It doesn't matter if you've been with your significant other for five weeks, five months, or five years, intimacy in relationships is always important. Now, we understand that intimacy has a multitude of different definitions, but for the purposes of this article, we're talking about physical intimacy. You know, sex. Beyond just feeling good, sex is often a barometer for the relationship as a whole. If the sex is lacking, chances are something is off. Not to fret, though, it doesn't always mean immediate "Doomsville".
In a survey of 1,000 Europeans and Americans, Dr. Ed implored men and women to learn how often they had sex, the average length of their relationships, and what caused their abbreviated sexual escapades. By analyzing these answers, they were able to ascertain just how important people think sex is regarding the overall relationship satisfaction.
Everything from why the sex is fluctuating to when the sex is fluctuating was covered. If nothing else, these studies are a great, anonymous way to gauge just how "normal" your own relationship is. Of course, we don't recommend basing your happiness off of other people's, but, hey! In the name of science, why not learn a thing or two?
The Percentage Of People Who've Experienced Sex Frequency Changes
We've all heard of "The Honeymoon Period", right? You know, that glorious, sex-fueled part of the relationship when everything is rose colored and perfect. Well, that ends, unfortunately, and this study proves it. The survey found that more than half of participants said they started to see a decline in the amount of sex they had after six months into their relationship. The good news? That's actually pretty normal. Dr. Ed further explains that according to relationship experts, sex may be easier at the beginning of a relationship because the chemicals that get us turned on take a front-seat approach.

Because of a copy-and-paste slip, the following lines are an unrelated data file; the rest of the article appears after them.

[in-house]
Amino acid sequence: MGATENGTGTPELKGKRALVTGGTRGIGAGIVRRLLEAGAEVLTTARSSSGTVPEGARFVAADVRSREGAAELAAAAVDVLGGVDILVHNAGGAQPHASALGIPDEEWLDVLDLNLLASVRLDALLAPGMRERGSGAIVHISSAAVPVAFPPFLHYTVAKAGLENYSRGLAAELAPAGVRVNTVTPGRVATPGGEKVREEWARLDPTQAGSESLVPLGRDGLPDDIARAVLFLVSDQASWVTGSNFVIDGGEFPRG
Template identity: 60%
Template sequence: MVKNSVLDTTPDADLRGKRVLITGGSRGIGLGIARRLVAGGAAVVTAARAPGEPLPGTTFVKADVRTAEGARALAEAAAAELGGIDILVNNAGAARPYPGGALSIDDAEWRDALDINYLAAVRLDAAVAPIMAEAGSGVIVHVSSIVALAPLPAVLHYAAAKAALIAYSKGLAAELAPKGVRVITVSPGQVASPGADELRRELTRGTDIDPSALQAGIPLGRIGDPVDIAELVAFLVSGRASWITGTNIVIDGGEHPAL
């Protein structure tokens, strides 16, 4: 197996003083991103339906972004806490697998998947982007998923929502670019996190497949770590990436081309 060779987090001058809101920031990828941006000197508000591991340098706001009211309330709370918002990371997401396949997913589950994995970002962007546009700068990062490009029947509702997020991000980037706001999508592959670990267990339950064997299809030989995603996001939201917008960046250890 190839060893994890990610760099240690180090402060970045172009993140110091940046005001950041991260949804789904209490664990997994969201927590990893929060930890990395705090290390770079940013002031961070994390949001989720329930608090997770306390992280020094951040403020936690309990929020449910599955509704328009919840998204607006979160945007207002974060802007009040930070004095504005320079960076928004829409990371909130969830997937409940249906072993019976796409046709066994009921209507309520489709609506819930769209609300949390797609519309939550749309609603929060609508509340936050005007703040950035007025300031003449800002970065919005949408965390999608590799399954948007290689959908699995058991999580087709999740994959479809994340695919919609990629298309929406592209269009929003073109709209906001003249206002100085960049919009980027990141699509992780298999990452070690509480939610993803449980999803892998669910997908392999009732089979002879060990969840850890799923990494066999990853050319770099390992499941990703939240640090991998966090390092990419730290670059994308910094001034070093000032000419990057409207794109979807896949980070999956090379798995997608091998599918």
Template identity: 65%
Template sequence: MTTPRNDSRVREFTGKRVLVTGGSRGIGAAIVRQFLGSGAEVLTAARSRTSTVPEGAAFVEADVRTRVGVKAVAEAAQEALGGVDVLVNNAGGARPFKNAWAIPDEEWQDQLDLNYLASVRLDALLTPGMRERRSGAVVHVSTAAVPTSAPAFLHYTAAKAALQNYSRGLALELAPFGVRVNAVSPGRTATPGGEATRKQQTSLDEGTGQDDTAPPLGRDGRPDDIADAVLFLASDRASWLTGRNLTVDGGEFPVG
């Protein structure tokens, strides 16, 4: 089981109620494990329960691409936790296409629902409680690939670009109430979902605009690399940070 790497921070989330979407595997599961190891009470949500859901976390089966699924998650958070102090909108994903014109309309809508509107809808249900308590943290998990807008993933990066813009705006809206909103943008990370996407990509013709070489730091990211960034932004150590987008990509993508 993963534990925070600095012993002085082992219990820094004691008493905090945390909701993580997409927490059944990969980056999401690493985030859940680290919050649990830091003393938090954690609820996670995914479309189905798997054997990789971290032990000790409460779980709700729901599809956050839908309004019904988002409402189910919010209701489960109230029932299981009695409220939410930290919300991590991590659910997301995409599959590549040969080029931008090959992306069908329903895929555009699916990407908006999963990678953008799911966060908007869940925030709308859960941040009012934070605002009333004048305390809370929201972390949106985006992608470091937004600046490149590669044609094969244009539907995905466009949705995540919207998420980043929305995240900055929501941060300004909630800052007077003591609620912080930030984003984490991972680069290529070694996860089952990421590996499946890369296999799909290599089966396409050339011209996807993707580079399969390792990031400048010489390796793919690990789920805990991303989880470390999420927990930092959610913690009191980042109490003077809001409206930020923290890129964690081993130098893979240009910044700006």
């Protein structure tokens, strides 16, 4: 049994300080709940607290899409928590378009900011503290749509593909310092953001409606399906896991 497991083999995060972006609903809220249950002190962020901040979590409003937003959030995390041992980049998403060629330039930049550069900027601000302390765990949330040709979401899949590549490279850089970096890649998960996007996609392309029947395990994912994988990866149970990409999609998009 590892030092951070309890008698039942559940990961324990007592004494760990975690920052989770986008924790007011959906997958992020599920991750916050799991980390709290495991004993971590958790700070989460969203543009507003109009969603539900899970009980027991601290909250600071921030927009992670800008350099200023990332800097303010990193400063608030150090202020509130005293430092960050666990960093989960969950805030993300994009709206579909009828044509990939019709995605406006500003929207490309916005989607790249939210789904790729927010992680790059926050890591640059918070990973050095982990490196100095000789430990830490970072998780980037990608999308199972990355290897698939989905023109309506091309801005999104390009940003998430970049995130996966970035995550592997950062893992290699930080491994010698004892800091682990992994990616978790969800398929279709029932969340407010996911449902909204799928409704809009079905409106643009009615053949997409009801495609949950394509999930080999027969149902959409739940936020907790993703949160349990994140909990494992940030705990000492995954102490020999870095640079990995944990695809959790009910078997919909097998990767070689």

Now, the question remains; since most people aren't aware that the decline in sex is mostly chemical. What rationales are they using? Is it the same song and dance as you'd expect? Well, sort of, but there's a few wild card answers we weren't expecting to rank so high.
Top Reasons That Prevent Couples From Having Sex
The survey expressed that for nearly every three in four people, the answer was being too tired. To be honest, we were certain that work or kids would come well before before tired. That said, tiredness is certainly an umbrella for other things — work and kids included. It was refreshing to see that not feeling as connected anymore only accounted for 12.1%. It shows that, at least within the context of this survey, that environmental factors weigh more heavily on a relationship's intimacy, than internal ones.
Despite the fact that this survey found that nearly 2 in 3 women believed the lack of intercourse in their relationship was their fault compared to around 35 percent of men, we don't believe the blame game is healthy. When it comes to strengthening intimacy, it's all about open, honest communication. Do that, and everything else will fall into place — literally and figuratively.
To read the full study, head on over to Dr. Ed for more intimacy insiders.
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